Wednesday, October 30, 2013

Data Collection Helps Consumers Too. Do They Know It?

Image: Aaron Walker
It doesn't look like we as marketers are doing enough to show the value of consumer data...to the consumer, that is. Everyone knows what it does for businesses. Data collection and analysis delivers information that helps better decisions get made, whether that is a new product to develop, or how and when to market it and to whom. All of this is aimed at adding revenue through additional sales to new and existing customers.

What is often forgotten is that people actually want to buy things, and they want the marketing messages in front of them to be as relevant as possible. It's the confusion of what is gathered and how it is used that makes them nervous. A big part of this misunderstanding and fear can be blamed on media outlets. As soon as Google's live broadcast about updates to Google+ ended yesterday, websites like Wired.com were already talking about it as nothing more than a trick to get more user data for ads.

Does Google want user data? Of course they do! This should come as no surprise. But, what is ignored in articles like the one published to Wired is the value that this data adds to everyone, including the user that provides their photos and exact location for analysis. The need for data causes better features to be developed, such as Auto Awesome for photos and videos automatically uploaded to Google+ from a mobile device. The use of data (pretty much always analyzed in the aggregate, not at the individual level) allows the right branded content to be delivered to the right person at the right time. This makes it easier for brands to make a sale because relevant material makes it easier for consumers to find what they want to spend money on. And ads, while sometimes annoying or even intrusive, allow all of these great tools like social networks and mobile apps to be free to everyone.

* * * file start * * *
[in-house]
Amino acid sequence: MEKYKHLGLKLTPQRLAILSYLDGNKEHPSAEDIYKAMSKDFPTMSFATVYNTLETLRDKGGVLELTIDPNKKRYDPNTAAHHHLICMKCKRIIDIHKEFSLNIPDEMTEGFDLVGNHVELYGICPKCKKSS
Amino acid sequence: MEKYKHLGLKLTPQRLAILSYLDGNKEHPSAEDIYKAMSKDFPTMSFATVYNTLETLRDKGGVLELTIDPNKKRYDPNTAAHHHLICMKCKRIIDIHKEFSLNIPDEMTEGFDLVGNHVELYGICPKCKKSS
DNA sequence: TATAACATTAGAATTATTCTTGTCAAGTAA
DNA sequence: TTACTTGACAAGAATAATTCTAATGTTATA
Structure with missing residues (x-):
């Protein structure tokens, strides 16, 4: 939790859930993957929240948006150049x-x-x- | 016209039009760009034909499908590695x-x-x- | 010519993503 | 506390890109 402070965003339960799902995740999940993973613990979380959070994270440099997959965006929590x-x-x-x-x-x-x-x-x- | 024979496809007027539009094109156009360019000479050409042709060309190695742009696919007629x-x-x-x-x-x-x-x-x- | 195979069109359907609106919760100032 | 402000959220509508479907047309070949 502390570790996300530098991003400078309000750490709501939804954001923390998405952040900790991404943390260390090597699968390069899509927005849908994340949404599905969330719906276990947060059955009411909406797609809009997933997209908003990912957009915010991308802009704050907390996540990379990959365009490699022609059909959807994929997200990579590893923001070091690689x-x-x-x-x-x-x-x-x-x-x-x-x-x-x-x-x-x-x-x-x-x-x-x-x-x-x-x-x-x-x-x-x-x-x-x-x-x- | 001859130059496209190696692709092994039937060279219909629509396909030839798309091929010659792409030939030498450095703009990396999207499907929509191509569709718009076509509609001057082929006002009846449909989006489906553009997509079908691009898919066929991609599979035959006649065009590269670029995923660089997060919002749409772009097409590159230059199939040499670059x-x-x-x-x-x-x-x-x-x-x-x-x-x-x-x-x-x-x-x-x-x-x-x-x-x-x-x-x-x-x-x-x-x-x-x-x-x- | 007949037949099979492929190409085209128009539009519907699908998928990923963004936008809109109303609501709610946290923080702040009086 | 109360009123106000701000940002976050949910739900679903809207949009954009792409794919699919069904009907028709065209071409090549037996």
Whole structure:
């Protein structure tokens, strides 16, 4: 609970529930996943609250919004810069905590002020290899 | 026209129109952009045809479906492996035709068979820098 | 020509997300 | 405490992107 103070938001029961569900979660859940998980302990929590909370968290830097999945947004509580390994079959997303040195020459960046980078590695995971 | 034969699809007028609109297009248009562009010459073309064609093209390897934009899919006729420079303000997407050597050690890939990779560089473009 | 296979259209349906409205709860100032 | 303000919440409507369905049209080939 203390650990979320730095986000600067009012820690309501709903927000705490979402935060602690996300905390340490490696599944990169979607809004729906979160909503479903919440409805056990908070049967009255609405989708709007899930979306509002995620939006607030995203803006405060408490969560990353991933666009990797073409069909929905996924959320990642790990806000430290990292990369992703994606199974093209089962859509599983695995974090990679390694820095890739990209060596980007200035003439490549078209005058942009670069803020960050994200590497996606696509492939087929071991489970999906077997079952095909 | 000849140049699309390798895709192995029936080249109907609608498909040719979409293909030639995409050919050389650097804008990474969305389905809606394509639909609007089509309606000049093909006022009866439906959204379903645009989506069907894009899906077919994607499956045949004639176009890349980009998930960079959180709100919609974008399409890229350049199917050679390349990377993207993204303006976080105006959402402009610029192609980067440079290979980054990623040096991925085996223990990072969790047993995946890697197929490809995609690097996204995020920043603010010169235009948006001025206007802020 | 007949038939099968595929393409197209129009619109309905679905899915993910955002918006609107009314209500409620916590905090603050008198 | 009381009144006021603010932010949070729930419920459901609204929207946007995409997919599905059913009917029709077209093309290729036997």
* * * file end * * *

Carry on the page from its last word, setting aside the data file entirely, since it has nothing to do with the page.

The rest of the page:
And, let's not pretend that data doesn't help sites like Wired.com too. Better targeted ads mean higher CTR (Click Through Rates) which allows publishers to charge advertisers more to run them. It's a win for everyone. Maybe someone should explain this to the staff writers.

It is time that consumers stop being made to fear the use of their personal data by marketers, and realize that the improved experiences comes out of what is collected. The responsibility to communicate this lies chiefly with marketers themselves to be honest about what they collect, how it is analyzed, and what benefits come from it in the end for businesses and for customers.

For more on the data conversation between marketer and customer, you can read what Julie Bernard, Senior VP at Macy's, had to say at last month's conference in Cincinnati right here. Also, I sat down with Ryan Derrow of Empower MediaMarketing before his session at to touch on the same topic as it relates to digital advertising. Video of our Google Hangout is below.